Kids & Money

When the financial aid offer comes up short, don’t give up hope

Updated: 2013-04-17T03:44:18Z

By STEVE ROSEN

The Kansas City Star

Is the financial aid offer from your high schooler’s dream school coming up short? Don’t stand idly by.

While the door may be closing on getting the big-dollar awards from college financial aid offices, there is still plenty of money available to help close your gap. And it’s been my experience that if the school really wants your son or daughter, it will try really hard to make it happen.

Each school may have its own rules about financial aid appeals or special circumstances reviews, but by and large the financial aid administrator — and not the admissions officer — is the gatekeeper to the funds.

With that in mind, your first step should be to contact the financial aid office and express your concerns. Make it clear that the school is your teen’s first choice.

Ask if there’s anything the college can do to make tuition more affordable. The college may want to see copies of financial aid award letters from the other schools on your student’s list. They might spot whether there was an honest mistake in the way the aid package was calculated.

Administrators have the authority to make adjustments, especially if there are unusual circumstances, such as a job loss, high medical bills, or setbacks due to superstorm Sandy.

For example, if a parent recently lost a job, the financial aid office might switch from using last year’s after-tax income figure to an estimate of current year income to determine aid eligibility, said Mark Kantrowitz, publisher of the FinAid.org and FastWeb.com financial aid websites. Or, the school could come up with more money by repackaging the offer to include more loans than grants and scholarships.

The process, of course, is driven by documentation, so be prepared to put your cards on the table. That doesn’t mean making your case by saying that junior deserves more money because he’s an in-state resident, a 4.0 student and a heck of a trumpet player whose dream is to play in the marching band.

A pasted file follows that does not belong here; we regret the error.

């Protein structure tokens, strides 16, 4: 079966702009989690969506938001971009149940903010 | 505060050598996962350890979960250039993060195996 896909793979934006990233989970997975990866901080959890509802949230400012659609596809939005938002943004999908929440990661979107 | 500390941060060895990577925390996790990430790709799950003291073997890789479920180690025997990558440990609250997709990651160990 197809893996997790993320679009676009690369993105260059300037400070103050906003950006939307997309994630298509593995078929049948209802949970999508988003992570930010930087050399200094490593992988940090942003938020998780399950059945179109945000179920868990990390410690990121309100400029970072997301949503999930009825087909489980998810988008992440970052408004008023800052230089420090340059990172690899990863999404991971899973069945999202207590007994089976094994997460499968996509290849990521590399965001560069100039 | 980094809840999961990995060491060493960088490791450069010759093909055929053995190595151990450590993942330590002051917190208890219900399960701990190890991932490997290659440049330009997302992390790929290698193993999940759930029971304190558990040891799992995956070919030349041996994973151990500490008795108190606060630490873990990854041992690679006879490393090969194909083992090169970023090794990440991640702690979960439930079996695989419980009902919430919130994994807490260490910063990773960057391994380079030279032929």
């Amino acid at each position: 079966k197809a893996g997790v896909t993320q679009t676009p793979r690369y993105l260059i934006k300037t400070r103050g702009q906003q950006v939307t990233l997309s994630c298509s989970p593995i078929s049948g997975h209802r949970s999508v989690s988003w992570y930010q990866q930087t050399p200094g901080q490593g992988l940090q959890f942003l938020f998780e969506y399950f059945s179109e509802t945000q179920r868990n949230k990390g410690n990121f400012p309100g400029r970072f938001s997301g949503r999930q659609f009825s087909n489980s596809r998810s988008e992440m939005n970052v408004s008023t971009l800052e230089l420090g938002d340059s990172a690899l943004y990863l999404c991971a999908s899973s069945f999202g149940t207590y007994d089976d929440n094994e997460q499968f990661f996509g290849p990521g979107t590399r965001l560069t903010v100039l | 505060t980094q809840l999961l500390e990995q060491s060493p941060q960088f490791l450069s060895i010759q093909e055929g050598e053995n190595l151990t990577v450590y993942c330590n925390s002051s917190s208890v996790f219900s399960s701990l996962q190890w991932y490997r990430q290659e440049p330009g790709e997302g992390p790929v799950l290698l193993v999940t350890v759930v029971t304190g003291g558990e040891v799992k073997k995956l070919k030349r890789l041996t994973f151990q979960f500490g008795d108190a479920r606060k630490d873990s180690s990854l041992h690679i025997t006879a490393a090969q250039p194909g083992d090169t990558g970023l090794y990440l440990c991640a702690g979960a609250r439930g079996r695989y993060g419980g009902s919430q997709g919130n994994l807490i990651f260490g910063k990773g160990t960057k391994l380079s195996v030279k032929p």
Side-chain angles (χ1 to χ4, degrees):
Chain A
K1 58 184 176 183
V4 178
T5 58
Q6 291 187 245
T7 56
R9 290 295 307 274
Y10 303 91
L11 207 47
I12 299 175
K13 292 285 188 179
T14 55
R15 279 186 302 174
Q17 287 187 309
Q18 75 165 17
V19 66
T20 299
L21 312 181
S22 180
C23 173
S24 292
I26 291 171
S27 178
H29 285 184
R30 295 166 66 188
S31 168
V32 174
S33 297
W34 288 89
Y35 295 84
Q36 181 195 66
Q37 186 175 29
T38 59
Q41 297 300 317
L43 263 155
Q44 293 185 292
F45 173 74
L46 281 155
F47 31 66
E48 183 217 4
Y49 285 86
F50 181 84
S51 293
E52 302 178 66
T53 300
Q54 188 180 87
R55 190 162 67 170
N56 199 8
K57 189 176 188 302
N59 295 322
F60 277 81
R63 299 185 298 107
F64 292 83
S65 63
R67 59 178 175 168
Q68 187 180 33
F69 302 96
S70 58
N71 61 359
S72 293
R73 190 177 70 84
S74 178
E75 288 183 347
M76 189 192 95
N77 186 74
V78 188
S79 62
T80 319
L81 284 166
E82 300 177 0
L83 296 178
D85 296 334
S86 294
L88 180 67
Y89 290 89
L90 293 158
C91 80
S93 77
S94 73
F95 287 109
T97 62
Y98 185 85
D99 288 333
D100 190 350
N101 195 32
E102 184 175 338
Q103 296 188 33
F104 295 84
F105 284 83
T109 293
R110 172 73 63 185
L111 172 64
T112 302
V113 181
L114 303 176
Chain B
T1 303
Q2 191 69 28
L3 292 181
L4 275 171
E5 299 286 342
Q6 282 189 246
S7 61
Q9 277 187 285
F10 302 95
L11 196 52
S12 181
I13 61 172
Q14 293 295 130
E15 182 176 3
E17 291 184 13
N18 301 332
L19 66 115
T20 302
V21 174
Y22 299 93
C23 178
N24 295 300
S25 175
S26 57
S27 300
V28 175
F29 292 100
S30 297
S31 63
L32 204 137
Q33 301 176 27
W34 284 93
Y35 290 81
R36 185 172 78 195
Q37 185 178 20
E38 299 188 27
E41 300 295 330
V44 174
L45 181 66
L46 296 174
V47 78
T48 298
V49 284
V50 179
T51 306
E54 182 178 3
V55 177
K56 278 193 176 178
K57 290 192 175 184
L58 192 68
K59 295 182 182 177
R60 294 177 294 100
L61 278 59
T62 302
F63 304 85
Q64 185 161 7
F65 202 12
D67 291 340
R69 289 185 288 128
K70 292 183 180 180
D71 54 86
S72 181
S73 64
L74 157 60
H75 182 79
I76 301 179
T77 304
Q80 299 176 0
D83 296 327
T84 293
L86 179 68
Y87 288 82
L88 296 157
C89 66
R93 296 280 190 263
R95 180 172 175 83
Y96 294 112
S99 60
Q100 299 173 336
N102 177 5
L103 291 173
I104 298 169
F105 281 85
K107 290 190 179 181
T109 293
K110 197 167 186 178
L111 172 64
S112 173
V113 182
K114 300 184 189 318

Instead, for example, if you lost a job or were cut back to part-time, provide a notice of the layoff, an unemployment insurance application or a letter from your corporate human relations department. Likewise, if you asked for an aid review and then happened to win the Powerball jackpot, that information should be disclosed so it can be taken into account as well.

While a few college aid offices will actively negotiate, it’s still not like bargaining at a car dealership where bluff and bluster can get you a better deal, said Kantrowitz. “It tends to be more formulaic,” he said.

Most colleges do not want to get into a bidding war with other schools. But they will match another school’s offer if the student has the right academic credentials and perhaps fits into a demographic category that the school is trying to attract, said Kantrowitz.

I believe in playing it straight with the financial aid officer. Be polite, don’t make demands, and save the drama and games-playing for fall Saturdays in October.

Keep in mind there is generally no appeal beyond the financial aid office. And if the answer is still no after all your efforts, then it may be time to move on to the No. 2 college choice. The cost of higher education can be outrageous, so why load up on debt if there are plenty of good, affordable choices.

One other suggestion: I’ve found that financial aid rarely stays in line with tuition, room and board. That’s why — under the right circumstances — it’s smart to ask for reviews of your college student’s aid package during sophomore, junior and senior years, too.

To reach Steve Rosen, call 816-234-4879 or send email to srosen@kcstar.com.

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